The conductances of molecules physisorbed to Au(111) via an extended π system are probed with the tip of a low-temperature scanning tunneling microscope to maximize the control of the junction geometry. Inert hydrogen, methyl, and reactive propynyl subunits were attached to the platform and stand upright. Because of their different reactivities, either non-bonding (hydrogen and methyl) or bonding (propynyl) tip-molecule contacts are formed. The conductances exhibit little scatter between different experimental runs on different molecules, display distinct evolutions with the tip-subunit distance, and reach contact values of 0.003-0.05 G0. For equal tip-platform distances the contact conductance of the inert methyl is close to that of the reactive propynyl. Under further compression, the inert species, hydrogen and methyl, are found to be better conductors. This shows that the current flow is not directly correlated with the chemical interaction. Atomistic calculations for the methyl case reproduce the conductance evolution and reveal the role of the junction geometry, forces and orbital symmetries at the tip-molecule interface. The current flow is controlled by orbital symmetries at the electrode interfaces rather than by the energy alignment of the molecular orbitals and electrode states. Functionalized molecular platforms thus open new ways to control and engineer electron conduction through metal-molecule interfaces at the atomic level.

J. Li, S. Sanz, M. Corso, D. J. Choi, D. Peña, T. Frederiksen, and J. I. Pascual
Single spin localization and manipulation in graphene open-shell nanostructures
Nat. Commun. 10, 200 (2019) [ PDF ] [DOI] [arXiv:1808.07532] [HTML5]

Turning graphene magnetic is a promising challenge to make it an active material for spintronics. Predictions state that graphene structures with specific shapes can spontaneously develop magnetism driven by Coulomb repulsion of π-electrons, but its experimental verification is demanding. Here, we report on the observation and manipulation of individual magnetic moments in graphene open-shell nanostructures on a gold surface. Using scanning tunneling spectroscopy, we detect the presence of single electron spins localized around certain zigzag sites of the carbon backbone via the Kondo effect. We find near-by spins coupled into a singlet ground state and quantify their exchange interaction via singlet-triplet inelastic electron excitations. Theoretical simulations picture how electron correlations result in spin-polarized radical states with the experimentally observed spatial distributions. Extra hydrogen atoms bound to radical sites quench their magnetic moment and switch the spin of the nanostructure in half-integer amounts. Our work demonstrates the intrinsic π-paramagnetism of graphene nanostructures.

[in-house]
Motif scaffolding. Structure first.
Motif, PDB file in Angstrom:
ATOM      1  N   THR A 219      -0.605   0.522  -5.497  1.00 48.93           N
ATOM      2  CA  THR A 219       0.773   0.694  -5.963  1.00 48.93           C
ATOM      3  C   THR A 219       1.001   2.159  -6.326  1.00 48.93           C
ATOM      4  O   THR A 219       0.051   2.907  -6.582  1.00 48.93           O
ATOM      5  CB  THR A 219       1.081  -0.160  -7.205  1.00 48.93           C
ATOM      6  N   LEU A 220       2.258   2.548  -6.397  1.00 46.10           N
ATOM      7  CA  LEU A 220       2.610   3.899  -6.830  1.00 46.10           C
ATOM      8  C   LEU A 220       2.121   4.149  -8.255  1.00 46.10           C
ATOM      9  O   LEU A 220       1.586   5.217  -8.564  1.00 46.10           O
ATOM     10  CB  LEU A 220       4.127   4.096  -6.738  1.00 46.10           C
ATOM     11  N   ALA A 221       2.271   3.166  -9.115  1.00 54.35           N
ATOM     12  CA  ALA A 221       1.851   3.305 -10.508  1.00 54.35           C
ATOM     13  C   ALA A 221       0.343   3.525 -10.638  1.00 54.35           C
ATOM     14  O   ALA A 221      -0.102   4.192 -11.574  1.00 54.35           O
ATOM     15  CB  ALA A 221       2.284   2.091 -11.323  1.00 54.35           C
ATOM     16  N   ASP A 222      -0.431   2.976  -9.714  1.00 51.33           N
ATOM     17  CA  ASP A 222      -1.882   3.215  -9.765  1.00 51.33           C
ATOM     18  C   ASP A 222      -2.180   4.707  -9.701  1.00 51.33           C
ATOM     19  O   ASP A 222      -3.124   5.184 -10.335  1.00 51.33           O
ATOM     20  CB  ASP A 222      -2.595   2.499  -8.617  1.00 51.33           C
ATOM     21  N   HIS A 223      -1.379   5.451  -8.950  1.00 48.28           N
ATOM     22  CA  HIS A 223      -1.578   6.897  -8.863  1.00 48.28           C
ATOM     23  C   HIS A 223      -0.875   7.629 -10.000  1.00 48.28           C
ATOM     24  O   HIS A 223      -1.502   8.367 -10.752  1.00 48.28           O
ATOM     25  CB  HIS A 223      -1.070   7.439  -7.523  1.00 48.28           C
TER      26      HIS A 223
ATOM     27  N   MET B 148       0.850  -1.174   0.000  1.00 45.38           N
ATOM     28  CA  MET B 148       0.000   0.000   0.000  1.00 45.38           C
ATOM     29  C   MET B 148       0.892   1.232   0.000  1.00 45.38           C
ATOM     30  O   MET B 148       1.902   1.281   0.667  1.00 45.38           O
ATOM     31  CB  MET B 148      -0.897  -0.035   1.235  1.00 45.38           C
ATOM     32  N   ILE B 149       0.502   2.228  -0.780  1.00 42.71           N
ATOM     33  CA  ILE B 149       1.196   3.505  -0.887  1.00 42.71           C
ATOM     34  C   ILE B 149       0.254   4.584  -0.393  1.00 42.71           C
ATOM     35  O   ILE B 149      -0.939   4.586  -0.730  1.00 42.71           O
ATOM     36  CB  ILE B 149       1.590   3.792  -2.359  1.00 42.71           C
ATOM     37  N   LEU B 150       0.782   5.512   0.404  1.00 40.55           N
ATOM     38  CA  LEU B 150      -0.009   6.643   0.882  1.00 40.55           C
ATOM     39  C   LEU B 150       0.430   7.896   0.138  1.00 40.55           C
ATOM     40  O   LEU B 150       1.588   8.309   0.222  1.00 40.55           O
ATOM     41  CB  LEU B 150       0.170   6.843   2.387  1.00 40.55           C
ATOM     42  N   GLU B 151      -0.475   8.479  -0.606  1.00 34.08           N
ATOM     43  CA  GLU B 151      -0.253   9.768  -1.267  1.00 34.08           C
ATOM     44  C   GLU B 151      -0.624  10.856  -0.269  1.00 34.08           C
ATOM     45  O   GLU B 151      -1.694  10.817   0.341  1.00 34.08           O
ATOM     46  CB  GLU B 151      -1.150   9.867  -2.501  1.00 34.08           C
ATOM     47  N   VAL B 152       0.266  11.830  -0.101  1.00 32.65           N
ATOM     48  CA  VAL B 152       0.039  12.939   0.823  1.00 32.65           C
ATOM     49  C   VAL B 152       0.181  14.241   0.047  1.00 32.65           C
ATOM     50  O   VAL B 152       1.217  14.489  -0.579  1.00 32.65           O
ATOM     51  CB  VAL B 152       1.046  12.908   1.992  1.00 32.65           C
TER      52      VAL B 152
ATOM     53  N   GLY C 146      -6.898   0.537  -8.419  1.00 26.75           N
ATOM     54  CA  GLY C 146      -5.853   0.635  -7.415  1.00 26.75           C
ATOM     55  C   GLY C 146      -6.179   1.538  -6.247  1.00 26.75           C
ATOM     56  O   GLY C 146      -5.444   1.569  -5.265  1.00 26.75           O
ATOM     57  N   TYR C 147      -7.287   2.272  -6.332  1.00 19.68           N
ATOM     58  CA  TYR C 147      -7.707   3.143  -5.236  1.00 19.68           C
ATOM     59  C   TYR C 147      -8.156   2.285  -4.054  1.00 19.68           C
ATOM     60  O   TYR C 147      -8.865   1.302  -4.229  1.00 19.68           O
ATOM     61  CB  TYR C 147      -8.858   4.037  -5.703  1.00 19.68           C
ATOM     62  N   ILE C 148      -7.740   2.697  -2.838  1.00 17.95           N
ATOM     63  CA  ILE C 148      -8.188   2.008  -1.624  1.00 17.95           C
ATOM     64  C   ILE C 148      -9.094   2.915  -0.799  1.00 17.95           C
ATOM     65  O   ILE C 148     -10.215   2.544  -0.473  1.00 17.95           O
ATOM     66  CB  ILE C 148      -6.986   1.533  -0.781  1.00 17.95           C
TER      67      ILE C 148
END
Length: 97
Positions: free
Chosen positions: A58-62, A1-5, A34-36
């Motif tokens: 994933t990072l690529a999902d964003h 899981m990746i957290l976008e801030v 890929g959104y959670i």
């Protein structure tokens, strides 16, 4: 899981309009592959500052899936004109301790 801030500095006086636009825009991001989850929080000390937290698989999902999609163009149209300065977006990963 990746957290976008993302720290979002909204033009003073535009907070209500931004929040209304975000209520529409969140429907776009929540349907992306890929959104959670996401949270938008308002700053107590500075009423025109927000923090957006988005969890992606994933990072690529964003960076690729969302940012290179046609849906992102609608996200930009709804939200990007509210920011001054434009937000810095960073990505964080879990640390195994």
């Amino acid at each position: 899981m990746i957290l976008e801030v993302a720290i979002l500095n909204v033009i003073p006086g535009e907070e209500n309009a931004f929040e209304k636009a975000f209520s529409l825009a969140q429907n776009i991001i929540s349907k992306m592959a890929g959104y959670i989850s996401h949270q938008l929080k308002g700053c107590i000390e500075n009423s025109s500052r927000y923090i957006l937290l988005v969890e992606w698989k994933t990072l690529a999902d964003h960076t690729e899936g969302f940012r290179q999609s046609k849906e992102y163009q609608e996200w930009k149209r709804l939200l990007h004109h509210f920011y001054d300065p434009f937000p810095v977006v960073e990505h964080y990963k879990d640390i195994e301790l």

G. Calogero, N. R. Papior, B. Kretz, A. Garcia-Lekue, T. Frederiksen, and M. Brandbyge
Electron transport in nanoporous graphene: Probing the Talbot effect
Nano Lett. 19, 576-581 (2019) [ PDF ] [DOI] [arXiv:1811.07576] [HTML5]

Electrons in graphene can show diffraction and interference phenomena fully analogous to light thanks to their Dirac-like energy dispersion. However it is not clear how this optical analogy persists in nanostructured graphene, e.g. with pores. Nanoporous graphene (NPG) consisting of linked graphene nanoribbons has recently been fabricated using molecular precursors and bottom-up assembly [Moreno et al, Science 360, 199 (2018)]. We predict that electrons propagating in NPG exhibit the interference Talbot effect, analogous to photons in coupled waveguides. Our results are obtained by parameter-free atomistic calculations of rea l-sized NPG samples, based on seamlessly integrated density functional theory and tight-binding regions. We link the origins of this interference phenomenon to the band structure of the NPG. Most importantly, we demonstrate how the Talbot effect may be detected experimentally using dual-probe scanning tunneling microscopy. Talbot interference of electron waves in NPG or other related materials may open up new opportunities for future quantum electronics, computing or sensing.